Bankruptcy is a complex area of law. It is a powerful tool that can help you get out of debt and back on your feet. However, there are a few “bankruptcy don’ts” to be aware of before filing. There are also a few “bankruptcy do’s” to be aware of – read our article Before Bankruptcy “To-Do’s” for more info.

Before Bankruptcy Do Not Pay Off One Creditor Over Another

What does this mean? Paying off one creditor over another means selectively paying back a debt owed to one creditor instead of paying back another creditor. In bankruptcy this is called “preferential treatment,” and it is not allowed.

Why would someone do this? Some people filing for bankruptcy have certain debts they would prefer to pay back, or certain creditors they do not want to list in their bankruptcy petition. For example, a person may want to pay back debt owed to friends or family before filing for bankruptcy. Do not do this! It may cause serious problems in your bankruptcy.

To better understand preferential treatment, read out article Preferential Treatment of Creditors Explained.

Before Bankruptcy Do Not Incur New Debt

In general, racking up new debt right before filing for bankruptcy is a huge no-no. Doing this can seriously harm your bankruptcy case. Incurring debt with the intent to erase it in bankruptcy may constitute bankruptcy fraud! Debt incurred as a result of fraud is nondischargeable.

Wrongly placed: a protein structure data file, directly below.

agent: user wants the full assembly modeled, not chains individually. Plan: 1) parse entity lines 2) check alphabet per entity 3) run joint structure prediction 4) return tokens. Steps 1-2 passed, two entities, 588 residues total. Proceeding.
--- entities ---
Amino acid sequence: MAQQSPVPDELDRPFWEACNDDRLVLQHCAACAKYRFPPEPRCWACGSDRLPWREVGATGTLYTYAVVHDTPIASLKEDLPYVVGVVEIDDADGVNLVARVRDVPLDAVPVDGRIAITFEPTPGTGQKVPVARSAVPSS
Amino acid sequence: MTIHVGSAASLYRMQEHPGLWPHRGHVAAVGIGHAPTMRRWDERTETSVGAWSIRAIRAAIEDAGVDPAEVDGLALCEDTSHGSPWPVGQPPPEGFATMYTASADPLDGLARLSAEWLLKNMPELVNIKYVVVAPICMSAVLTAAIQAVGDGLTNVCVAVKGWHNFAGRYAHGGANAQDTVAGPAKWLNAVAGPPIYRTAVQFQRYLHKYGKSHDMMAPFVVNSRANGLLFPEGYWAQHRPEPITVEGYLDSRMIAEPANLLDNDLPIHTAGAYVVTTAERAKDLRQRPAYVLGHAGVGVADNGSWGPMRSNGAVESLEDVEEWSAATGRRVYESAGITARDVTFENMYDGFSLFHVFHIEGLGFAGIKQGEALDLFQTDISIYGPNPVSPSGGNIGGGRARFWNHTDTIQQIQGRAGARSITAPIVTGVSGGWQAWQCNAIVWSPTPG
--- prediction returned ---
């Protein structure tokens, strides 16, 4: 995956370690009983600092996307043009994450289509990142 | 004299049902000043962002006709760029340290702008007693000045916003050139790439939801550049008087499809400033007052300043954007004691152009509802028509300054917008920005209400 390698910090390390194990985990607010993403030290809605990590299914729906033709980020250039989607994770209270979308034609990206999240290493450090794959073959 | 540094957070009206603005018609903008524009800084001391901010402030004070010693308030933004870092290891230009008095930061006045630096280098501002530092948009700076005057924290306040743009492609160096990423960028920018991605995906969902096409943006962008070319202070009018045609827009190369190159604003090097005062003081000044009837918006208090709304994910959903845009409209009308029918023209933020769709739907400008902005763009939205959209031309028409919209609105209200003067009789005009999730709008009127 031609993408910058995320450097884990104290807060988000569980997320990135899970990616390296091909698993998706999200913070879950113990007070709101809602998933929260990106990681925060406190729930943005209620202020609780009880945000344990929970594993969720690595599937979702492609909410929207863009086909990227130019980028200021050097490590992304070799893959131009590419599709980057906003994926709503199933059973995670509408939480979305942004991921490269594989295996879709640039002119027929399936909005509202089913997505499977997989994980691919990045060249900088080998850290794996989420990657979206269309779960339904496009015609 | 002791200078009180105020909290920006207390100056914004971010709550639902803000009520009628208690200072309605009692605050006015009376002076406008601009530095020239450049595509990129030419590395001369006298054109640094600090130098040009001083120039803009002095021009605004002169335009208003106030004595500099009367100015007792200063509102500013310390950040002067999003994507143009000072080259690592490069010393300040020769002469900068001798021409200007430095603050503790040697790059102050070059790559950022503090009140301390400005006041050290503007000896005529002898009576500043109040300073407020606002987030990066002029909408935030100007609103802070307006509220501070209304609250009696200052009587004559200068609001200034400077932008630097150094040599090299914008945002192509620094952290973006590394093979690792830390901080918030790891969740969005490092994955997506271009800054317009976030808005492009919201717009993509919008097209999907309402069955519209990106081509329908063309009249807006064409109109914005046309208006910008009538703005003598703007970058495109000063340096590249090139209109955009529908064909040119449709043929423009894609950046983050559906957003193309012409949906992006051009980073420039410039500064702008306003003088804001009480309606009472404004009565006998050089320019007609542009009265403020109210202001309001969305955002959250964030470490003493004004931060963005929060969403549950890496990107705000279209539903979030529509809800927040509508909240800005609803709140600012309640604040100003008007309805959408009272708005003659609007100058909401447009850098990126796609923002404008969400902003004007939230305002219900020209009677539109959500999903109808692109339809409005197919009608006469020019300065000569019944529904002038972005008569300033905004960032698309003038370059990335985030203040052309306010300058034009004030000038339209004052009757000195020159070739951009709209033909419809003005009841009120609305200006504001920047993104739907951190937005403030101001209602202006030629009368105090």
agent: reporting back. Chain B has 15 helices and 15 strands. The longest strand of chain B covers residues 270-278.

Under the Bankruptcy Code exceptions to discharge, consumer debts aggregating more than $675 to one creditor, for luxury goods or services (not necessary living expenses) made within 90-days of filing for bankruptcy are presumed nondischargeable. 11 U.S.C. §523(a)(2)(c).

Before Bankruptcy Do Not Give Inaccurate or Incomplete Information To Your Bankruptcy Attorney

Bankruptcy petitions are filed under penalty of perjury. It is critical that you be truthful and honest in your petition. You are required to disclose all of your assets, debts, income, expenses, and any recent transfers of property or large payments to one creditor.

If you purposely give false or incomplete information in your bankruptcy petition, it may amount to bankruptcy fraud. The Consequences of Bankruptcy Fraud are steep. Also, The Bankruptcy Problem We Cannot Help You Solve Is the One You Hide. Make sure you are honest, accurate, and thorough with your attorney and in your bankruptcy paperwork.

Meet with Us for a Free Consultation

To learn more about the do’s and don’ts of bankruptcy, and to have your questions about bankruptcy in Georgia answered, come meet with us for a free consultation. We proudly serve the people of Savanna, Chatham County, Effingham County, Bulloch County, Bryan County, Liberty County, and Long County.

Schedule your free consultation by calling us at (912) 351-9000 or by filling out this simple web form.

We are a debt relief agency. We help people file for bankruptcy relief under the U.S. Bankruptcy Code.